"Is it time to make them pay back the costs so that replacement doctors can be trained?" she wrote.
"Is it time to make them pay back the costs so that replacement doctors can be trained?" she wrote.

Armeena Rana Khan loves Twitter.

If you follow her on the social media platform, you're aware she's quite active on the micro-blogging site.

While it's refreshing to see a Pakistani celebrity who doesn't mince words, Khan does land herself in trouble sometimes like yesterday, when she tweeted about how 85,000 female doctors are not practicing after getting an qualification and it sounded like she was somehow blaming the women for it, like they've chosen to forgo their careers.

People were quick to explain to her that it's reductive to blame women for the shortage of doctors in the country as there are various structural and socio-cultural barriers to entry for them to begin with.

Like why don't we hold the families hunting for doctor bahus who don't let them practice after marriage accountable?

How about the insecure husbands who do the same?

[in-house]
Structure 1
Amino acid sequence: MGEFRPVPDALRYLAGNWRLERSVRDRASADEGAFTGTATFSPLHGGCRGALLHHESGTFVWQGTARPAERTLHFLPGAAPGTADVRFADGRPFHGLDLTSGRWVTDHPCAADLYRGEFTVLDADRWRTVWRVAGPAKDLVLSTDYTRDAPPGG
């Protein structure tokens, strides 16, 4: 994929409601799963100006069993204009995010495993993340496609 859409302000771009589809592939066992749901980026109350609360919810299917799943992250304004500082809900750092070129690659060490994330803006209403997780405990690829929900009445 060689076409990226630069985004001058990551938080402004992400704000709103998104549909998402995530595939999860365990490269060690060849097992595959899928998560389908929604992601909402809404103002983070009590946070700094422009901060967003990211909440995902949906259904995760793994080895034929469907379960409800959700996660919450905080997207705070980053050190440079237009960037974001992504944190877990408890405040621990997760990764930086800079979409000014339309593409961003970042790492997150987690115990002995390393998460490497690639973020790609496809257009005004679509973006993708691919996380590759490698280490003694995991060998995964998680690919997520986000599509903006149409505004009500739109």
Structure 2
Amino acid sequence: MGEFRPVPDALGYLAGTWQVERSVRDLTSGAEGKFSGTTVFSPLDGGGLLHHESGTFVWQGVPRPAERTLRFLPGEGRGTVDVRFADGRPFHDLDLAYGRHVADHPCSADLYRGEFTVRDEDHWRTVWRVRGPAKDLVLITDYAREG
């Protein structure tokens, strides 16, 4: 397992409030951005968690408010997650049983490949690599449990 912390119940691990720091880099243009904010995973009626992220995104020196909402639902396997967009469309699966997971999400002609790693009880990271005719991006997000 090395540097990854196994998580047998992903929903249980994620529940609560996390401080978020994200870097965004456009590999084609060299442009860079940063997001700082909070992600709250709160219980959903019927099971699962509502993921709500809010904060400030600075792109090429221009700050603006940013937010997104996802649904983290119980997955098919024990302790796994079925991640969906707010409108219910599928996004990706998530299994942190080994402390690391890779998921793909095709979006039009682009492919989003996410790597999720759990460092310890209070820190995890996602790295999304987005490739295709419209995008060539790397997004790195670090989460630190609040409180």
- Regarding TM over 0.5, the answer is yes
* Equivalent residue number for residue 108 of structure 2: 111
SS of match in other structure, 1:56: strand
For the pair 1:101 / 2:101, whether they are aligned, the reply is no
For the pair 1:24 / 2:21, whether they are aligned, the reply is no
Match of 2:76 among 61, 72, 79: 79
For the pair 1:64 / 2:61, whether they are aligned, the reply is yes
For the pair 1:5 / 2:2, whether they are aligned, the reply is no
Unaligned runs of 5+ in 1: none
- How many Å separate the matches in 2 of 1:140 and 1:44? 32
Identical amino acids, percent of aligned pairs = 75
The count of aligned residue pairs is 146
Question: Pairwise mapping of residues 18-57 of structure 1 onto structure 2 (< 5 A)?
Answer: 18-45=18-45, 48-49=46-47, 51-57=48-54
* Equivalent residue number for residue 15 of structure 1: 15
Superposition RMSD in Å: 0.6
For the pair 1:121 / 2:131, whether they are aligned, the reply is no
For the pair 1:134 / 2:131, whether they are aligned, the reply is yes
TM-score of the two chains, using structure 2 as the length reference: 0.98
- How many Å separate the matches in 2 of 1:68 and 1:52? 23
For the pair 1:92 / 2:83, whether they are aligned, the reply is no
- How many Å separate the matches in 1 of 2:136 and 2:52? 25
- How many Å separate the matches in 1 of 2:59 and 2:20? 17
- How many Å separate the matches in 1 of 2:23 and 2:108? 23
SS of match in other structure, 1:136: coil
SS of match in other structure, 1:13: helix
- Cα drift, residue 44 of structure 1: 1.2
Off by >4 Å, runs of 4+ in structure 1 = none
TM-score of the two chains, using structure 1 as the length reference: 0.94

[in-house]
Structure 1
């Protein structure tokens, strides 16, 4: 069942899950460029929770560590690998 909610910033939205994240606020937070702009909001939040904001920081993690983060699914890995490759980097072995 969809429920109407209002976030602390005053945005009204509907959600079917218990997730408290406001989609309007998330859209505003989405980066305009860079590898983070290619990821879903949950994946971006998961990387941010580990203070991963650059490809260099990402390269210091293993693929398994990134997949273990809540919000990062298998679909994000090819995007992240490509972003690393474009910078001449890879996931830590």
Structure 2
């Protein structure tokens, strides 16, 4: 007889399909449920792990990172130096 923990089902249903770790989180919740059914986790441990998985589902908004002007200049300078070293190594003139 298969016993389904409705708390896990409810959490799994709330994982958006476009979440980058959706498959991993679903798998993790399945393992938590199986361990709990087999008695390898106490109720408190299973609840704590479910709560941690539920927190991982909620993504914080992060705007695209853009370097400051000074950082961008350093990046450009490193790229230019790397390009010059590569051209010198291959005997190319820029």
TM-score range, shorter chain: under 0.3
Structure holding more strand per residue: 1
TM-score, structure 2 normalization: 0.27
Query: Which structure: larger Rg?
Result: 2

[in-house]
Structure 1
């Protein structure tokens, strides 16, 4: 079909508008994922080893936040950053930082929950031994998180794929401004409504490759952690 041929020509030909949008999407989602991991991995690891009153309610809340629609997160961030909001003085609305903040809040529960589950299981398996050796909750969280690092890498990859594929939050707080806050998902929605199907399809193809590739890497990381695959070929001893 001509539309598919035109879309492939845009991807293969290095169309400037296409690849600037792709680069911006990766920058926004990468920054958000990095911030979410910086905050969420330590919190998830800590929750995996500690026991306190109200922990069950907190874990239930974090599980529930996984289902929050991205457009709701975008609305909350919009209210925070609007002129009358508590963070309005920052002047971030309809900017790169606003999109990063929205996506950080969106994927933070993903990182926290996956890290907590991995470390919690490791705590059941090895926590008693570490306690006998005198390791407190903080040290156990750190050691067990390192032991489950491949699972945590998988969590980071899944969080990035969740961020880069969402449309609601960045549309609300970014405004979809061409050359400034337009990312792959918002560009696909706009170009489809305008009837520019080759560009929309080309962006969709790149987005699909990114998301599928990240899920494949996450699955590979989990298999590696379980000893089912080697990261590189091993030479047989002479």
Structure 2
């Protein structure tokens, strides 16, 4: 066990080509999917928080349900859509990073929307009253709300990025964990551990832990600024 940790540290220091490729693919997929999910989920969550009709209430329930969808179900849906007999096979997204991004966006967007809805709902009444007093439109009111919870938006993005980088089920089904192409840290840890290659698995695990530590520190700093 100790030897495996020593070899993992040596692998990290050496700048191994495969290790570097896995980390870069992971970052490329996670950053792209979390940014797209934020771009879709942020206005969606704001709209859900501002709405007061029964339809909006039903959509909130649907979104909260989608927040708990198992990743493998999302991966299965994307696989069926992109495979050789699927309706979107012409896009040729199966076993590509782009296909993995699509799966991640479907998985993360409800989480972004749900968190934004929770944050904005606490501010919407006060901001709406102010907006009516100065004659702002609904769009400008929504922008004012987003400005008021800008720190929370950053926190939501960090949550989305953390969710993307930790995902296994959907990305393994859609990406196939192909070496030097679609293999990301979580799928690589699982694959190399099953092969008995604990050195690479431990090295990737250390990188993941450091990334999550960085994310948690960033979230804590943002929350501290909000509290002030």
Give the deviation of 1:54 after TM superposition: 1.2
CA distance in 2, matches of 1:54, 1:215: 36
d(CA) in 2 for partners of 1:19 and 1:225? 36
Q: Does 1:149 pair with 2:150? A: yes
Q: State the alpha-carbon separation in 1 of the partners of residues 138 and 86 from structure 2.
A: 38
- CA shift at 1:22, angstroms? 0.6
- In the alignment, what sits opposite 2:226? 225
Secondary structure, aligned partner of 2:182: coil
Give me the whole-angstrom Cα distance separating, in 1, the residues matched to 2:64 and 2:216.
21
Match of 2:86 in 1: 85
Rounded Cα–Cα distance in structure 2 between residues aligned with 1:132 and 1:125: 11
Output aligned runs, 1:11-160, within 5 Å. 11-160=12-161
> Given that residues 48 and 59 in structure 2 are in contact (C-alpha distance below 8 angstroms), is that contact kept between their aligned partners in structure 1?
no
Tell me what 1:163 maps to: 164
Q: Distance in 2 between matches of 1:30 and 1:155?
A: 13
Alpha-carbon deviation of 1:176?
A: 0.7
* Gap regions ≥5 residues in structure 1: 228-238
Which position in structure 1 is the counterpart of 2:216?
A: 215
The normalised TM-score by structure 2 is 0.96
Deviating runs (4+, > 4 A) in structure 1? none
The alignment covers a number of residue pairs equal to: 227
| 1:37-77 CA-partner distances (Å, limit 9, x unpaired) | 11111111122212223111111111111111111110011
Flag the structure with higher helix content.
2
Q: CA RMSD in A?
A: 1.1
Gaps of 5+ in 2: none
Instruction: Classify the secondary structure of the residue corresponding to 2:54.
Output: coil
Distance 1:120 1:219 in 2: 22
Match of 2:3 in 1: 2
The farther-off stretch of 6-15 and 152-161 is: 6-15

Or should we take it all the way back and blame the family that forces their daughters to study medicine in the first place to secure those so-called rishtas?

So is she just not going to talk about the lack of day care facilities and flexible hours that drive women out of the workforce?

Nope, we just love blaming women.

Meanwhile no one will really point fingers at the male doctors who leave the country for greener pastures...

Armeena did post a clarification soon after stating that she meant the families should be held responsible but it was pretty pointless because even after that, she tweeted about how the medical profession is unlike any other so "don't choose medicine if you know the cultural barriers".

Yikes! Clearly, when people explained that choice is a privilege many women don't have in Pakistan, it seemed to go over her head.